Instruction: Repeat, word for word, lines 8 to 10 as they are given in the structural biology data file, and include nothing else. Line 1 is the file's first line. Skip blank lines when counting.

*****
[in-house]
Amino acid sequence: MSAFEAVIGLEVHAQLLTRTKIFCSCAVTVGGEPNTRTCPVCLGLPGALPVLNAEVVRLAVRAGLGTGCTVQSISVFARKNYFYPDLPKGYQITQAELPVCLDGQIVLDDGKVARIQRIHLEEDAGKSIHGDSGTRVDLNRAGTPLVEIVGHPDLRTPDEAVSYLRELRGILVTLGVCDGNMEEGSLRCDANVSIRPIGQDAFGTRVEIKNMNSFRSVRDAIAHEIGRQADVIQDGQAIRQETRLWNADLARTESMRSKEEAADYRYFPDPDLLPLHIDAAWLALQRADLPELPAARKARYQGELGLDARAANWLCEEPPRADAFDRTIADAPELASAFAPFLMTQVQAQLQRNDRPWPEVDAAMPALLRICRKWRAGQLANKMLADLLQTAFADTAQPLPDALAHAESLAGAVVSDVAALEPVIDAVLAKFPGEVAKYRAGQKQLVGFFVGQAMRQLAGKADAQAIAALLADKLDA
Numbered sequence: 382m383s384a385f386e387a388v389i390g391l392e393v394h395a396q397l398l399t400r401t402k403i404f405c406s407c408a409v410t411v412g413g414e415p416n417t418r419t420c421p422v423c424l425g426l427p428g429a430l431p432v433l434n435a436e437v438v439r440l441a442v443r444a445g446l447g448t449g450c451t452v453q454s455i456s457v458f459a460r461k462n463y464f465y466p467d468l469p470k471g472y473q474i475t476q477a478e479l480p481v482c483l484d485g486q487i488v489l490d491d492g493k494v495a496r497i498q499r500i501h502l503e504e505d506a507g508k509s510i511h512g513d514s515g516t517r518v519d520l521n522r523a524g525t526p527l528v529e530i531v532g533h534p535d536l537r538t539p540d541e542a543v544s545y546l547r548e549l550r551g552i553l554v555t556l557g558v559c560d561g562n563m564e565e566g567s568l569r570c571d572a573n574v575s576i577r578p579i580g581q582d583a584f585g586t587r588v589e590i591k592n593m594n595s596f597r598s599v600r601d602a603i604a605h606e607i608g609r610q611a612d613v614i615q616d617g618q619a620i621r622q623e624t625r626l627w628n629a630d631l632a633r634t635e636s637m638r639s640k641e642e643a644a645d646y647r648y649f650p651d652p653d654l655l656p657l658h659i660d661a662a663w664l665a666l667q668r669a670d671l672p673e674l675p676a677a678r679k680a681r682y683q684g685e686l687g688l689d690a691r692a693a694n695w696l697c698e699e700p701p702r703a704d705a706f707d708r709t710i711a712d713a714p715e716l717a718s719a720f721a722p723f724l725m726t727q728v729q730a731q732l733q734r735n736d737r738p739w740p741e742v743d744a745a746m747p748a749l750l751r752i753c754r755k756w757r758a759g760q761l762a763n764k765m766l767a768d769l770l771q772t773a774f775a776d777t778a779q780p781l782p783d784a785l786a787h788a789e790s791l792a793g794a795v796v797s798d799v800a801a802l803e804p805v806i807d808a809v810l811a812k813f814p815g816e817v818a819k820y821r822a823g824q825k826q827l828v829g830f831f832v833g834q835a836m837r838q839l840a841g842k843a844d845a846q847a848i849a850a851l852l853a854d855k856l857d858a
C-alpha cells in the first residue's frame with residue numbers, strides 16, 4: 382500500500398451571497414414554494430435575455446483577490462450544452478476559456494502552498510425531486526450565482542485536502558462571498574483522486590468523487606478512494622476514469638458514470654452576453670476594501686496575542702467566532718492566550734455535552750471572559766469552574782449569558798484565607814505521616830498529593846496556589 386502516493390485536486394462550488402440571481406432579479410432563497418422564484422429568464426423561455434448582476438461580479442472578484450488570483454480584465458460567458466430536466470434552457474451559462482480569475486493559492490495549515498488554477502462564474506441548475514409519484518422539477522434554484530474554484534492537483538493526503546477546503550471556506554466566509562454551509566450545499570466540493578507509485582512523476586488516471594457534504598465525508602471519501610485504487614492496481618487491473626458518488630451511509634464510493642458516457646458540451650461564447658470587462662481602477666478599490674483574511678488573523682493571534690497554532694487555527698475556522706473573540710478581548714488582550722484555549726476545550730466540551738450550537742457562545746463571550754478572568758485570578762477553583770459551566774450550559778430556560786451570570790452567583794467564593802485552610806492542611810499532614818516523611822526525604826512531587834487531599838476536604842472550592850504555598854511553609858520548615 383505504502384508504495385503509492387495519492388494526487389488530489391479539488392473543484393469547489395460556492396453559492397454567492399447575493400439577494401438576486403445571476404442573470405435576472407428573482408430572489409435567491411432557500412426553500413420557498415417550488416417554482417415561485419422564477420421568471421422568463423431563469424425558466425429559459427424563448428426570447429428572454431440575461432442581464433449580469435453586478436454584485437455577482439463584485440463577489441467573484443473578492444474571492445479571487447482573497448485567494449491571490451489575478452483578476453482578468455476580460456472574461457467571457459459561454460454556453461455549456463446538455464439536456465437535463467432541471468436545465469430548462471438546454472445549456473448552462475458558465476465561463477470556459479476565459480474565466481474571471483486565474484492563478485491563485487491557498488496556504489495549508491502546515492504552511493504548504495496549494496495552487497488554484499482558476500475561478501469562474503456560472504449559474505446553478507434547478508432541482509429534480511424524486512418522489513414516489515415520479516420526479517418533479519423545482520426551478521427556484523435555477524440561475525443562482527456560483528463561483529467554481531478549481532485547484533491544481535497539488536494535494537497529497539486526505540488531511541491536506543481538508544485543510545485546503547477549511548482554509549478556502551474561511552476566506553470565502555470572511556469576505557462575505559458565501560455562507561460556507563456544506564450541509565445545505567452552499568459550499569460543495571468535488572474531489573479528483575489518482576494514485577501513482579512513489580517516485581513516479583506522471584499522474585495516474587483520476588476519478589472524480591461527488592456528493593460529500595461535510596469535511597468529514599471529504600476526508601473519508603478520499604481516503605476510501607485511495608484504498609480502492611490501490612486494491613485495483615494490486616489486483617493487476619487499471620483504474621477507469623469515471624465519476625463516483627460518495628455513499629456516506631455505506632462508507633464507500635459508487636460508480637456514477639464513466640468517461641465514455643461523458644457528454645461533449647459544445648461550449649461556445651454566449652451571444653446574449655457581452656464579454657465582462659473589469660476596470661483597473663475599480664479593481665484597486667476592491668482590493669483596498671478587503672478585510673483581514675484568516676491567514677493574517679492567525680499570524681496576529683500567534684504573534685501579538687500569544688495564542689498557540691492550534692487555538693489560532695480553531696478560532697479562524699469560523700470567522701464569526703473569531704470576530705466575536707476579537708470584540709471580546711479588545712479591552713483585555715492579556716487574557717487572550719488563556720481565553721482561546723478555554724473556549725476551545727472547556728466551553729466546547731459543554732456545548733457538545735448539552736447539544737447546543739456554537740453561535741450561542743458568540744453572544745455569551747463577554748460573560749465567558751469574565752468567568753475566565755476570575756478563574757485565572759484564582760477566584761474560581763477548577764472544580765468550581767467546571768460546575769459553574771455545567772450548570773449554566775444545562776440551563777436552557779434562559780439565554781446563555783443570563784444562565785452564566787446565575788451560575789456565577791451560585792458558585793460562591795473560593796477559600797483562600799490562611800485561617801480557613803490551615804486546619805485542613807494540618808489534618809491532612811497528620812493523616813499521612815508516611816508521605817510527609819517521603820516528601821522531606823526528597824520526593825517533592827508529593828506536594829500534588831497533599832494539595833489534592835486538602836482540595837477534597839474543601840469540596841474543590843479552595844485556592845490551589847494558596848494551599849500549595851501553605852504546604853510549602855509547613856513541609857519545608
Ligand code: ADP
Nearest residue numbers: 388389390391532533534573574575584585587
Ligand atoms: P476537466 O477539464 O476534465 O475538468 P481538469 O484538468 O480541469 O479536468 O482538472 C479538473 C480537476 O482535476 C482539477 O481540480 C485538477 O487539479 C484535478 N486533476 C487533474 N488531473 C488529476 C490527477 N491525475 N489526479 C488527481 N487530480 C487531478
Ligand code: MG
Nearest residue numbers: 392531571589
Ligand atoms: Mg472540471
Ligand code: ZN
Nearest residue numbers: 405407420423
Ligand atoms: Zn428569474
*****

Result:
Ligand code: MG
Nearest residue numbers: 392531571589
Ligand atoms: Mg472540471